Agnès Varda - a life of cats, freedom, mirrors and heart-shaped potatoes

Agnès Varda - a life of cats, freedom, mirrors and heart-shaped potatoes

The godmother of French New Wave died, at the age of 90.

Agnès Varda left us with an incommensurable catalogue of films, photographs and multimedia installations that explore social and political issues in a viscerally personal way and celebrate the joy and beauty of life and art.

Born in Brussel in 1928, she was the third of five children. Her mom was French and her father Greek. Agnes studied photography, but soon she moved to films. Her photographic and documentarist approach remained well evident throughout her whole production.

“I take photographs or I make films. Or I put films in the photos, or photos in the films.”
— Interview to Sight & Sound (2015)

During World War II she lived with her family on a boat in Sète, Fance. Years after, in 1954, in the same fishermen village she realised La Pointe Courte, her first feature film. On her admission, she was far from being a film buff and she never studied or had ever been a director’s assistant. Nevertheless, La Pointe Courte represents a cornerstone of contemporary cinema and, with its location shooting, non professional actors and almost documentarist style, it is considered to be the forerunner of the French New Wave. André Bazin wrote about it on theCahiers du Cinéma: “there is a total freedom to the style, which produces the impression, so rare in the cinema, that we are in the presence of a work that obeys only the dreams and desires of its auteur with no other external obligations”.

That was just the first step of a prolific and experimental sixty-years-long career that was celebrated in 2017 with an Academy Honorary Awards. If on one side Varda happily brought her lighthearted ways into the heavy tradition of the Academy, even improvising a dance with Angelina Jolie on stage, on the other side, she said in a Vice interview: “I’m very honoured. But it’s a poor Oscar, or Oscar of the poor”. Meaning that most of the people she knew who were awarded with it (as Jean-Luc Godard) were “people well known in the field of cinema, but who have never made money”. A positive consideration for an author that has never compromised her vision and her creation to commercial standards and who always avoided, as she stated proudly multiple times, directing advertisements.

To preserve her freedom from the mainstream industry rules, she funded with her husband, and New Wave director, Jacques Demi, Cinè-Tamaris, her own production company. Its iconic logo reminds her lifelong passion for cats - one of the things that makes Varda such a relatable and sweet character. The feline is Zgougou, her female cat. She was “a queen, a presenter, a dominatrix”, Varda described her in the short Hommage à Zgougou. And her ruling role was meekly accepted by Bernard, the male cat, who shared with her the production office.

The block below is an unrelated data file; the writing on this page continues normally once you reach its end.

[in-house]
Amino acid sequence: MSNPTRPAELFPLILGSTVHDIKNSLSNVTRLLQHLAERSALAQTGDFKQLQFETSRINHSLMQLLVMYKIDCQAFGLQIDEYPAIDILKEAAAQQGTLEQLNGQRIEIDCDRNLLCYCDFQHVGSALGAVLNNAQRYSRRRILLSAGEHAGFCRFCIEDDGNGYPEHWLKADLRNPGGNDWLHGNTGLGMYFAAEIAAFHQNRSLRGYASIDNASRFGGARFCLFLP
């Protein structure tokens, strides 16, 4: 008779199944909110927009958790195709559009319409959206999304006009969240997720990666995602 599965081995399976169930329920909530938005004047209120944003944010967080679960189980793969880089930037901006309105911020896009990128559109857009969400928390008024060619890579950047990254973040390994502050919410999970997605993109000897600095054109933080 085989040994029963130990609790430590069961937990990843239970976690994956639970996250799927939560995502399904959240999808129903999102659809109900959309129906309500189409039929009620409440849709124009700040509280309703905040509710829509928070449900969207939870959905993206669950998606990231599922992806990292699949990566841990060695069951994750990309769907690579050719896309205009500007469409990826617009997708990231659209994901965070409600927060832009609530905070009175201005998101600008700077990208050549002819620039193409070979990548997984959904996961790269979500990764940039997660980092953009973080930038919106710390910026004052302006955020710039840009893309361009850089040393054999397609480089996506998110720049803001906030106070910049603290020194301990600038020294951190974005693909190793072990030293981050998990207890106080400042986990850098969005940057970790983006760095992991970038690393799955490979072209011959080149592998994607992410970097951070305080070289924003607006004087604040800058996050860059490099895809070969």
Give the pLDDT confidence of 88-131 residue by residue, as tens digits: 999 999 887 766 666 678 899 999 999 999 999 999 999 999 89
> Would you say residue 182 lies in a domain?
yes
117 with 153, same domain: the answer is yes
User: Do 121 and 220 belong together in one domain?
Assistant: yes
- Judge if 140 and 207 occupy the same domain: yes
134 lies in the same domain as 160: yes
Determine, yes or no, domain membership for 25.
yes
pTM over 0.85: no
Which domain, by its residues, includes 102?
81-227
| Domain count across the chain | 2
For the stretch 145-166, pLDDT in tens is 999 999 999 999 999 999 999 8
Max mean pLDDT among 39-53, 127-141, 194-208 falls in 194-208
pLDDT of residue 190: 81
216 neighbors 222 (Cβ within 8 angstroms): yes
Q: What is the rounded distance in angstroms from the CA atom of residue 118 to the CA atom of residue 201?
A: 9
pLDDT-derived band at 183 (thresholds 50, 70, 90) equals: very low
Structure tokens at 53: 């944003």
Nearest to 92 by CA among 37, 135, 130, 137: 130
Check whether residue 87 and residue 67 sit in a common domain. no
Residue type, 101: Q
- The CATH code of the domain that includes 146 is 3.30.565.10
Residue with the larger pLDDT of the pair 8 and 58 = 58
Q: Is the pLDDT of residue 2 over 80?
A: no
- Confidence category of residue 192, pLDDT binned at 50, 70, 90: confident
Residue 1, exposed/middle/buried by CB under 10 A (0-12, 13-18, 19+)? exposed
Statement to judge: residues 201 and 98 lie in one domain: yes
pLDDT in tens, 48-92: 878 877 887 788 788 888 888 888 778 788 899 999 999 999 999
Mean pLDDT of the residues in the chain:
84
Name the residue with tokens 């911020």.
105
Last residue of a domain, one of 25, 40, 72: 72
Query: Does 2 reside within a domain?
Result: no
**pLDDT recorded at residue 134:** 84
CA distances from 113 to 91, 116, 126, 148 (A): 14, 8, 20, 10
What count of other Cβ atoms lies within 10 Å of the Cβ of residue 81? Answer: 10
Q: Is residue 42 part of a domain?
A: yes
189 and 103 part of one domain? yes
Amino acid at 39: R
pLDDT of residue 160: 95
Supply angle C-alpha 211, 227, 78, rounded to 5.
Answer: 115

Philippe Noiret and Silvia Monfort playing in Agnès Varda’s La Pointe Courte (1955).

Philippe Noiret and Silvia Monfort playing in Agnès Varda’s La Pointe Courte (1955).

Agnès Varda behind her camera. Photography by Gamma-Rapho via Getty Images

Agnès Varda behind her camera. Photography by Gamma-Rapho via Getty Images

Agnès is a symbol of the feminist cinema. “I tried to be a joyful feminist, but I was very angry” she said in The Beaches of Agnès. She also became one of the “343 sluts” to sign the “Manifesto of the 343”. She publicly acknowledged her abortion to protest the French government’s reproductive rights new policies. Even though she has never had a feminist agenda, her introspective and personal work is based around female characters and an exquisite female sensibility and point of view on life. "I'm not at all a theoretician of feminism, I did all that—my photos, my craft, my film, my life—on my terms, my own terms, and not to do it like a man”.

Now we are left with her mirrors, self-portrait tools populating her films and works, reflecting her personality and all the people that surrounded her, who loved her and whom she loved, because ultimately as she said our “life is made of encounters”.

Now people are leaving heart-shaped potatoes, along with flowers, in front of 86 rue Daguerre, where she lived - the same street she portrayed in her 1976 documentary Daguerréotypes.
They are the perfect tribute for Dame Patate, as Agnés was fondly known as. Second to the cats’ one, Varda’s longtime fascination with tubers finds a kinetic reference in her 2000 documentary The Gleaners and I, where she confronted the themes of poverty and waste of resources.

In 2017 she described herself as “as a heart-shaped potato – growing again”, referring to her return to film with her most recent work Faces, Places (2017), a documentary adventure through France with JR. The contemporary artist also taught and pushed her to use Instagram, allowing us to have an intimate peek on her bright life and personality.

It’s emblematic and touching her last post on Instagram: Nini, her new cat, sitting on Varda’s director’s chair. This is how we want to remember and celebrate her. Through lightness and disarming simplicity. A brutal and beautiful honesty that pervades the work that she created. The same works that created the gigantic and gentle myth of Agnés Varda.

 
 
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